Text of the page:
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Five Forsyth County jail officers, nurse charged in Neville death

Five Forsyth County jail officers, nurse charged in Neville death

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WINSTON-SALEM — Forsyth County District Attorney Jim O’Neill announced Wednesday that five former Forsyth County Sheriff’s Office detention officers and a nurse at the jail are charged with involuntary manslaughter after John Neville died in December.

Neville was restrained and couldn’t breathe, causing a brain injury which led to his death, according to O’Neill.

Neville, 57, of Greensboro, died Dec. 4, 2019, four days after Kernersville police arrested him on a misdemeanor charge of assault on a female.

But it took seven months before the Forsyth County Sheriff’s Office sent out a statement about his death, prompted by questions from the Winston-Salem Journal. Until now, the Sheriff’s Office has released only limited information about the death.

The five detention officers charged are Lavette Marie Williams, Edward Joseph Roussel, Christopher Bryan Stamper, Antonio Maurice Woodley Jr. and Sarah Elizabeth Poole. Their ages and addresses were not immediately available.

Williams, Roussel, Woodley and Poole were all fired from the Sheriff’s Office Tuesday, and Stamper was fired today, according to Forsyth County Special Assistant to the Sheriff Brad Stanley.

O’Neill did not release the name of the nurse, who is also charged with involuntary manslaughter.

The Sheriff’s Office did not notify the public at the time of Neville’s death, and Sheriff Bobby Kimbrough said he did not do so because Neville’s family, and the family’s legal counsel, asked him not to release any information publicly.

In a statement, the sheriff’s office said Neville “experienced a medical emergency,” and was taken to Wake Forest Baptist Medical Center where he later died.

A death certificate for Neville obtained by the Journal lists his cause of death as pending, and said the case has been referred to a medical examiner.

Kimbrough told the Journal on June 26 that he could not comment on the investigation or what led to Neville’s death. He cited the ongoing investigation as the reason why.

Chris Clifton, a prominent Winston-Salem defense lawyer, represents the family and issued the following statement when reached by the Journal last month: “Our firm has been retained to represent John Neville’s estate by the executor, which is one of Mr. Neville’s children.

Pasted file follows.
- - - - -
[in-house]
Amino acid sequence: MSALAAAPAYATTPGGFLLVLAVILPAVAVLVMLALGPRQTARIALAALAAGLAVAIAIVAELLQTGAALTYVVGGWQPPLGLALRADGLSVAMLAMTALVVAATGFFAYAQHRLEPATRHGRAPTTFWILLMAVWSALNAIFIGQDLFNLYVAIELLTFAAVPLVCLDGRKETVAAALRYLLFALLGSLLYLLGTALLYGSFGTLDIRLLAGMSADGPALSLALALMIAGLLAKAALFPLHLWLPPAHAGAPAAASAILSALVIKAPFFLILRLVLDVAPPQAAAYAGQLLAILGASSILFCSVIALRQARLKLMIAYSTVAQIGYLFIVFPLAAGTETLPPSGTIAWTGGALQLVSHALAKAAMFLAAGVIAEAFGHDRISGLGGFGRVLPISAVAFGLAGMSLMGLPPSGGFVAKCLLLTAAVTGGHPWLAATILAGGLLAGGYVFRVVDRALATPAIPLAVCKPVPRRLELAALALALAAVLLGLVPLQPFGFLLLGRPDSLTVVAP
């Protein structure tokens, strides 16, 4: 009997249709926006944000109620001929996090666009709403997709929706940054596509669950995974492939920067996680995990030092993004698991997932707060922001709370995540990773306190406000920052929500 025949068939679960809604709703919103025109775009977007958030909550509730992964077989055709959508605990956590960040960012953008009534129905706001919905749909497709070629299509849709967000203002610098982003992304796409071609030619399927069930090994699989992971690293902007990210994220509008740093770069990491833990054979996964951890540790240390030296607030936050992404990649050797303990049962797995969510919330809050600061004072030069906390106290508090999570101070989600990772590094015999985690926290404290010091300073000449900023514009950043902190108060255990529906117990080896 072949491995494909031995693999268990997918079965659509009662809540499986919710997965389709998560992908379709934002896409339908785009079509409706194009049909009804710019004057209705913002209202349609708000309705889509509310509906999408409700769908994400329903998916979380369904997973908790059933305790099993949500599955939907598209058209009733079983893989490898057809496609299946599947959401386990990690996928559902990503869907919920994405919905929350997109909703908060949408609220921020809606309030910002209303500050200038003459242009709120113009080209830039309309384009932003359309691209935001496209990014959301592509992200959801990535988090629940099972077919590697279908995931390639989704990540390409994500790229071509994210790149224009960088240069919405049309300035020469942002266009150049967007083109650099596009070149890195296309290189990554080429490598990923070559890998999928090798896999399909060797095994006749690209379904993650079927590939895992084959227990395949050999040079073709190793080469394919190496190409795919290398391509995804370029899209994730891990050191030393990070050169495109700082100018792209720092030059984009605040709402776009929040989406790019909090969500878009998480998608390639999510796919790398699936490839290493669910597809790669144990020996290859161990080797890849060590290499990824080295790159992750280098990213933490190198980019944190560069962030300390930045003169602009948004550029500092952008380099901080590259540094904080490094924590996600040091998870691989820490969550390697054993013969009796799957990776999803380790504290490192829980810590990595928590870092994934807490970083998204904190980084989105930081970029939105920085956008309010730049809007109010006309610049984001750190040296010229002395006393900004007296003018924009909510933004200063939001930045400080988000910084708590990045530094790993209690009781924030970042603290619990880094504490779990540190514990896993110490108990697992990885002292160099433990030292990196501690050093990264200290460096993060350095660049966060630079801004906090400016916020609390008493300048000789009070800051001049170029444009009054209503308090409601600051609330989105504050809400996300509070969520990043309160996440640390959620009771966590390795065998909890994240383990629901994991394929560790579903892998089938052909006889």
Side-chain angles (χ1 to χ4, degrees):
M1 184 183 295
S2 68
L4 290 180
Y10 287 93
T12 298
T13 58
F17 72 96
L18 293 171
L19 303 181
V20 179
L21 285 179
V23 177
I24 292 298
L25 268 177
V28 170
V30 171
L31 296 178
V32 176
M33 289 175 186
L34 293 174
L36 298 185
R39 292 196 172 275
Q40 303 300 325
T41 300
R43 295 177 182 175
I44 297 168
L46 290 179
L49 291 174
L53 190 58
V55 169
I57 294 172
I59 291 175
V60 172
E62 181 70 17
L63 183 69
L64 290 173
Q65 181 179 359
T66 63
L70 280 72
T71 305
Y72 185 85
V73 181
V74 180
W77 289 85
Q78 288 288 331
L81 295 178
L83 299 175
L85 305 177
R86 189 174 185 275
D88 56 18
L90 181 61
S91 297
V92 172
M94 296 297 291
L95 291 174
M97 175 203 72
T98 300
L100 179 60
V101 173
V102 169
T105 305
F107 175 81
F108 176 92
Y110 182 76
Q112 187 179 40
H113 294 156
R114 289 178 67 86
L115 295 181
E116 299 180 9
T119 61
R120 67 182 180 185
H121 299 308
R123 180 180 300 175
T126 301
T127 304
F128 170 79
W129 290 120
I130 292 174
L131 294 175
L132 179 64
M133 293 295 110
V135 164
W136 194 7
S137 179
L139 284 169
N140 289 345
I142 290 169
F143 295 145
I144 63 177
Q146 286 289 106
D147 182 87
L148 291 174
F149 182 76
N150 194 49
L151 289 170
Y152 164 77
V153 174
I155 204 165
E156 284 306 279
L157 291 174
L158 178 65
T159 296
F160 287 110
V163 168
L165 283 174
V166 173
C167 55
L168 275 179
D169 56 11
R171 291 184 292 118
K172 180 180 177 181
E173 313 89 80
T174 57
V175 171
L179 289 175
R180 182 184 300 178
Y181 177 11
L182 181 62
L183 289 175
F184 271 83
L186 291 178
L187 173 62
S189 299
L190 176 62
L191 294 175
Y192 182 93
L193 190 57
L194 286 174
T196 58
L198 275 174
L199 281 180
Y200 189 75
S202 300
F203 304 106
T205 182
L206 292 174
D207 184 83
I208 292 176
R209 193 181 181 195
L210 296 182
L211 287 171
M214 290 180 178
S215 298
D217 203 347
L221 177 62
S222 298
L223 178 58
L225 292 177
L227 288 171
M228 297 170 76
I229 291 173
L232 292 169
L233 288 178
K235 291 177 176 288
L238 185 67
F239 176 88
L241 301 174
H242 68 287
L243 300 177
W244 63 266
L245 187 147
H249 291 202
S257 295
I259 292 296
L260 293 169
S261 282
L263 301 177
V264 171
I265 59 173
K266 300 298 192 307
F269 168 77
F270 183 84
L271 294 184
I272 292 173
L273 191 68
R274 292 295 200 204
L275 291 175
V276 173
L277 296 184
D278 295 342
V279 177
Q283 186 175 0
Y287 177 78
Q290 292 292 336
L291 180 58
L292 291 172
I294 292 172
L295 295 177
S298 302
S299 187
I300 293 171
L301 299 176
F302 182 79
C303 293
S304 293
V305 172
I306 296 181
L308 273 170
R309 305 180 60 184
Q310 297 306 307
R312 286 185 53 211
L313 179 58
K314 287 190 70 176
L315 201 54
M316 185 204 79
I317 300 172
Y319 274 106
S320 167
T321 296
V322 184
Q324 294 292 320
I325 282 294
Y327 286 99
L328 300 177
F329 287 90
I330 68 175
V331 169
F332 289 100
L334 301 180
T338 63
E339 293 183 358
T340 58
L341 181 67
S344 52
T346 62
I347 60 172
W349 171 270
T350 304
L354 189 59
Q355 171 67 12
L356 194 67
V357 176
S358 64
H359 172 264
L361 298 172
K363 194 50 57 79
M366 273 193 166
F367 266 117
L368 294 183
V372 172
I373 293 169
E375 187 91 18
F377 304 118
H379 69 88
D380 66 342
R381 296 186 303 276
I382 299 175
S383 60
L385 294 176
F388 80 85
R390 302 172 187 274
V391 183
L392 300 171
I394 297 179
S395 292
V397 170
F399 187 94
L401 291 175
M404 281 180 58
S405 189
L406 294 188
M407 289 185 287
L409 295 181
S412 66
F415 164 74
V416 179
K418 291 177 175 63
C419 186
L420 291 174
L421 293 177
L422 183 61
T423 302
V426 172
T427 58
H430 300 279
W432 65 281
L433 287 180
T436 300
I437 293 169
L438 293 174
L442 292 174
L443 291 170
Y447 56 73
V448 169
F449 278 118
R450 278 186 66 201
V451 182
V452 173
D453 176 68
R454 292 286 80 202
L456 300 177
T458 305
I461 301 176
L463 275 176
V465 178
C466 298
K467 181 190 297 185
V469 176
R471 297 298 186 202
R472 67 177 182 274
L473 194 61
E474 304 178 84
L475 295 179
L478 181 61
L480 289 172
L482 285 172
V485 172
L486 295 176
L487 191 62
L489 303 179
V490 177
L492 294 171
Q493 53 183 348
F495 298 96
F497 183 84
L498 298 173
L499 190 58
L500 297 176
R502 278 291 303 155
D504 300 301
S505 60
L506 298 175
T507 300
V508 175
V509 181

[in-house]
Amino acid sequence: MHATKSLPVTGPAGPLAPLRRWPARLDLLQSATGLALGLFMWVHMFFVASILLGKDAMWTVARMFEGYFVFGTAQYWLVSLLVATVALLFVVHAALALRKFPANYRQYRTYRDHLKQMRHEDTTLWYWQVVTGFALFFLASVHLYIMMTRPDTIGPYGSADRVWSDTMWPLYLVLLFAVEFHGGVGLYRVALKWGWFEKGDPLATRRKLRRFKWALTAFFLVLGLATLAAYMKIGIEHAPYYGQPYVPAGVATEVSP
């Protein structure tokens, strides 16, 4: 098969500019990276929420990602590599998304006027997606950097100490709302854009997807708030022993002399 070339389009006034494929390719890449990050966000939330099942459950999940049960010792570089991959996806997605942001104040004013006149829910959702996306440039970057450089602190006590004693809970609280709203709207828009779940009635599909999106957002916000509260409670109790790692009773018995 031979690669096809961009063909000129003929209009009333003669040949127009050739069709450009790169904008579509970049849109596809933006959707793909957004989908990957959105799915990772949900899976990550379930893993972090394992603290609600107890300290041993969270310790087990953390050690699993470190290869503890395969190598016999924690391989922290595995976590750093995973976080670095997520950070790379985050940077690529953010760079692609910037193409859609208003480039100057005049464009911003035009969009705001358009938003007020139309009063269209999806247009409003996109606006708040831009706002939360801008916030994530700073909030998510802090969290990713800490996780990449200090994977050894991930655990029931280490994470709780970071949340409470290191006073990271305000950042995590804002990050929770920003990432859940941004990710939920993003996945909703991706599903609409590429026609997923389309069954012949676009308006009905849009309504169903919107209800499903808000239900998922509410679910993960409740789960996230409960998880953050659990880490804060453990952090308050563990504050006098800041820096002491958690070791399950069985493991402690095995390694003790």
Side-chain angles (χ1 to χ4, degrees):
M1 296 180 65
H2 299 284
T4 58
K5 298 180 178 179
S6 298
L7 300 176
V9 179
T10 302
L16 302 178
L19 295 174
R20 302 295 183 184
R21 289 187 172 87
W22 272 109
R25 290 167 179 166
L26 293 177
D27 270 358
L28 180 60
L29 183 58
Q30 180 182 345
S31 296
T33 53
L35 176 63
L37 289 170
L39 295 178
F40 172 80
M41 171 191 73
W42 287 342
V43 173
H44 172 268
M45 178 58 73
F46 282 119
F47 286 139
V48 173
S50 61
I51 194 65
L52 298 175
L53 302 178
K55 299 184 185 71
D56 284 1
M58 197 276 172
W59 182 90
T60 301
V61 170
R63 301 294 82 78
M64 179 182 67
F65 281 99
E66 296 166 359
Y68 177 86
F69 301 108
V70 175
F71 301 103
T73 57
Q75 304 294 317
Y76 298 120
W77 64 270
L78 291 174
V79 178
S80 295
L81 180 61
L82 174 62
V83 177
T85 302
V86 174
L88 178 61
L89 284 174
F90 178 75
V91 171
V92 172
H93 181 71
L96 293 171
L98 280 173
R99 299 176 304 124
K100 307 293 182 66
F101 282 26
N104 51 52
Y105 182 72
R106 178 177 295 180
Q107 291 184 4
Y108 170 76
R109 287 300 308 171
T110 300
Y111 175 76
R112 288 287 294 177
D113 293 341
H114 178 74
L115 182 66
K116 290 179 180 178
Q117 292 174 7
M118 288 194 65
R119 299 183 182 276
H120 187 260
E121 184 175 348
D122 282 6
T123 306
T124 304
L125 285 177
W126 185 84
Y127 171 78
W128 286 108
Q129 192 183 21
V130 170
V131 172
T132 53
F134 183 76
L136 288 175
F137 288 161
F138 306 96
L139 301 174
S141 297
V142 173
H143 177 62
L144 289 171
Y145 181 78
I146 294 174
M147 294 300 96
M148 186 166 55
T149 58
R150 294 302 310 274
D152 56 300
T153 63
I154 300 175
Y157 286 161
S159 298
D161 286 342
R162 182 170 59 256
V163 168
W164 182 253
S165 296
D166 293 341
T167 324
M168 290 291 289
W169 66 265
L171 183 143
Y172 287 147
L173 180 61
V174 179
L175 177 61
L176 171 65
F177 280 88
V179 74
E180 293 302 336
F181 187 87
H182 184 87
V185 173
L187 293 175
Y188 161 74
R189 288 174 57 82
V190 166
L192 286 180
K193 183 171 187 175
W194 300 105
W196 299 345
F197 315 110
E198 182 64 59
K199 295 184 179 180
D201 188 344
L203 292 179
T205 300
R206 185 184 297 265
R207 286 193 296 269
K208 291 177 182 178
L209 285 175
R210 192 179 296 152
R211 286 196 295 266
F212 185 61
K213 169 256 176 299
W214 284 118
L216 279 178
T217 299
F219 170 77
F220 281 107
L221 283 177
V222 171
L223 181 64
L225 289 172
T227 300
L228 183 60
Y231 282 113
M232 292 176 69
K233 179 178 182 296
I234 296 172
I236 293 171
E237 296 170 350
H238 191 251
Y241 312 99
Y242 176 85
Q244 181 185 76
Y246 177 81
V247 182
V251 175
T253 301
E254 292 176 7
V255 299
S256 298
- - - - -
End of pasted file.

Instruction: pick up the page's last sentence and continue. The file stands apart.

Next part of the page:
“This is an extremely personal matter for them, and we’ve been waiting patiently since December to see whether any charges will be brought in connection to his death, and for the autopsy and the death certificate, neither of which has been released yet.” Clifton later clarified he was talking about the cause of death not yet being listed.

Sean Alexander Marquette Neville, one of Neville’s children, established an estate for his father in Guilford Superior Court. According to documents filed in the estate, Neville had at least two other children — a 29-year-old daughter and a 20-year-old son.

Wake Forest conducted an autopsy on Dec. 5, 2019. Dr. William Harrison did the autopsy under the supervision of Dr. Patrick Lantz, according to a March 31 letter to the family’s attorney from Wake Forest School of Medicine.

“A direct cause of death was not identified at autopsy; therefore, Mr. Neville’s death certificate was listed as ‘pending’ upon completion of his autopsy,” Tracy Spry, a medicolegal autopsy coordinator for Wake Forest’s autopsy pathology department.

Spry said Harrison and Lantz had been reviewing records from the Forsyth County Jail. She said in the letter that she could not give a date for when the autopsy would be finalized because of a high volume of other cases and the “recent fallout from the ongoing COVID-19 pandemic.”

When asked about the SBI investigation into Neville’s death, the sheriff’s office said it was part of its “continued commitment to transparency,” and that the investigation is standard procedure.

The Construction Section, a division of the N.C. Department of Health and Human Services, typically investigates when an inmate dies at a county jail. But it did not investigate in this instance because Neville died at the hospital. He was released on an unsecured bond, meaning he was no longer in the jail’s custody.

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